We leave the Atlantic surf and body boarders of the summer beach to go down into the cellars. Moments away from the St Ives tourists on the sand is Porthmeor Studios. It encapsulates the other industries that have sustained this Cornish town, and made it famous.
Fishing and art coexist in this building with a good dose of mining technology. It is this, historically one of Cornwall’s main industries, that holds up the building. The columns are old water pipes from mines, the 20m long lengths of timbers would have been cut alongside those for the pits and the concrete wall was unusual at that time outside mines. All this architect MJ Long and Chris Hibbert, manager of the trust which runs the studios, tell us with some relish.
A wall to keep the creeping, blowing sand of beach had long given shelter to the fishermen and their nets. In the 1890s the pilchard industry made it worthwhile building net workshops with huge tanks in the basement for pressing pilchards before sending them off to Italy. The building is now the domain of a more polite side of fishing with a carpeted net workshop below and above artists’ studios. They have an almost mythical status in this town which is famed for its beautiful light – reflected off the sea on all round the headland. In these long studios with generous windows facing out to sea Ben Nicholson, Terry Frost and Patrick Heron painted. In keeping with that tradition they have been run as inexpensive artists’ studios since 1949. But without capital investment they were getting run down, cold in winter and with mould climbing up the walls.
Cornish history has become familiar to Long since Long and Kentish’s Maritime Museum on the south of the peninsula (where she now keeps a boat). Nearby she is also working on Porthcurno Telegraph Museum and St Ives’ Archive project. But the practice is probably better known for its work with artists. It has designed studios for Frank Auerbach, Peter Blake and Ben Johnson. So it was an obvious fit for working on bringing Porthmeor Studios back to full health.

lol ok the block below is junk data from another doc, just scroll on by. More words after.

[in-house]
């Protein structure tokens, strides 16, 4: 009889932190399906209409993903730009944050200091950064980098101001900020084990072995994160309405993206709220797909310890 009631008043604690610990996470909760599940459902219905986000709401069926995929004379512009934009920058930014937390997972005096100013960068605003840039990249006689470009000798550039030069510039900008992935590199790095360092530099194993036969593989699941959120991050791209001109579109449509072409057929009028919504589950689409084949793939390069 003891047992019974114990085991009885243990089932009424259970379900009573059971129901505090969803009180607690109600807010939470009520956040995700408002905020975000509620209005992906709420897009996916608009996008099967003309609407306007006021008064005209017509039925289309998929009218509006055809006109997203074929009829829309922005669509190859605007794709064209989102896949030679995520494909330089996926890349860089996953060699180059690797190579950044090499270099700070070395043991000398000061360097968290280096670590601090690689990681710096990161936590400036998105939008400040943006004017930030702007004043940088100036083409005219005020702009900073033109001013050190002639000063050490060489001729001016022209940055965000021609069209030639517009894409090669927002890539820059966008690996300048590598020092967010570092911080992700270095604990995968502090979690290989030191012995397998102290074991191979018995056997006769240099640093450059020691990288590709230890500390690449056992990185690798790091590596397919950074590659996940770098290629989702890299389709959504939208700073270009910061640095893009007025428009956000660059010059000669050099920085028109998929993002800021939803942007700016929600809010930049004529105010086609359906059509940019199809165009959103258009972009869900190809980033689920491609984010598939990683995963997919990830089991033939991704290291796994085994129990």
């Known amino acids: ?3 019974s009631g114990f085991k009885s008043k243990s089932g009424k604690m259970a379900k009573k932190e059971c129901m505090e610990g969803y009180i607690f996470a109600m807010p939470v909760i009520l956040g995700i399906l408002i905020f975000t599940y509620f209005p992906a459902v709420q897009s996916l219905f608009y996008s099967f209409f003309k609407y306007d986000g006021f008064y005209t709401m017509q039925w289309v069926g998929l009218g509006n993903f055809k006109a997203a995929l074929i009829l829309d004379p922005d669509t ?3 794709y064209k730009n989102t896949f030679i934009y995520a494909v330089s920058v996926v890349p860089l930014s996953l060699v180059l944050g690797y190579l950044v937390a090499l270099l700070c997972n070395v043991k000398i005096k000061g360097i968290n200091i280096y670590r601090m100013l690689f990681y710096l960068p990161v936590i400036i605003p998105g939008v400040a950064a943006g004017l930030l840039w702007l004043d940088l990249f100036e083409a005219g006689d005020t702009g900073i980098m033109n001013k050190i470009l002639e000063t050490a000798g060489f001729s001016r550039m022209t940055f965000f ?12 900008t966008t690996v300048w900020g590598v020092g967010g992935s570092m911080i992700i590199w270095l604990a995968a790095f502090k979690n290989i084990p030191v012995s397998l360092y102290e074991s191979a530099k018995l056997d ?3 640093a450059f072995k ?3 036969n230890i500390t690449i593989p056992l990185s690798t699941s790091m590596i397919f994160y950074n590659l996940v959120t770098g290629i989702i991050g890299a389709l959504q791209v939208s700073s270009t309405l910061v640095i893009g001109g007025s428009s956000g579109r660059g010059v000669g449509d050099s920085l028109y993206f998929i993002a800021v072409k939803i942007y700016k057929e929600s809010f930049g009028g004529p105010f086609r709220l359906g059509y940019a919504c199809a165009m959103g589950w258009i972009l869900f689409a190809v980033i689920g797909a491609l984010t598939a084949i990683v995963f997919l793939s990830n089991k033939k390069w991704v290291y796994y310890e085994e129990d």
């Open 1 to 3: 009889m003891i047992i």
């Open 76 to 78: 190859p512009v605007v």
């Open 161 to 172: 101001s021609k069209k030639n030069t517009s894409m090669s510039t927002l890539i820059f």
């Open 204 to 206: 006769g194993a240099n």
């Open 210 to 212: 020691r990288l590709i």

With money from, among others, the Arts Council England, Heritage Lottery Fund, English Heritage and the now-defunct Sea Change fund the studios is now part way through a £4.1 million two phase refurbishment and expansion. We stand in studio five, now occupied by Naomi Frears and once the artistic home of Ben Nicholson. Wooden boards covered in flaking paintwork stretch up to the ceiling. I wouldn’t know there has been any work done in here with new insulation and more hidden away. Long explains how there would be a certain pointlessness in repainting these water damaged boards. At stake is both aesthetics and history: a good humoured debate between Long and Hibbert about current artists’ autonomy over their own spaces and right to choose to paint whatever they like emerges over discussions about some of Nicholson’s scribbles (or graffiti) on the walls and whether that is part of the grade two star listing.
There are fewer such dilemmas in the less intact and the new studios (the building has been extended up just a little). Here the BREEAM very good local sourcing demands have been satisfied with local larch lining that has been found without too much difficulty (elsewhere winning points on the listed building has proved more problematic and costly). There has been a little chopping up of some of the studios to create a ‘starter’ or artist-in-residence studio and all studios will have stoves as they once used to (the building overall will be heated to just 10 degrees so expect to see artists carrying armfuls of logs). A new lift through the building means that tenant the St Ives School of Painting on the top floor shares access with the studios for the first time – something that Hibbert hopes might breed interesting fruitful conversations. And on the first floor a gallery and seminar room give the rearmoured building a truly public face for the first time ever – just a stone’s throw away from Tate St Ives.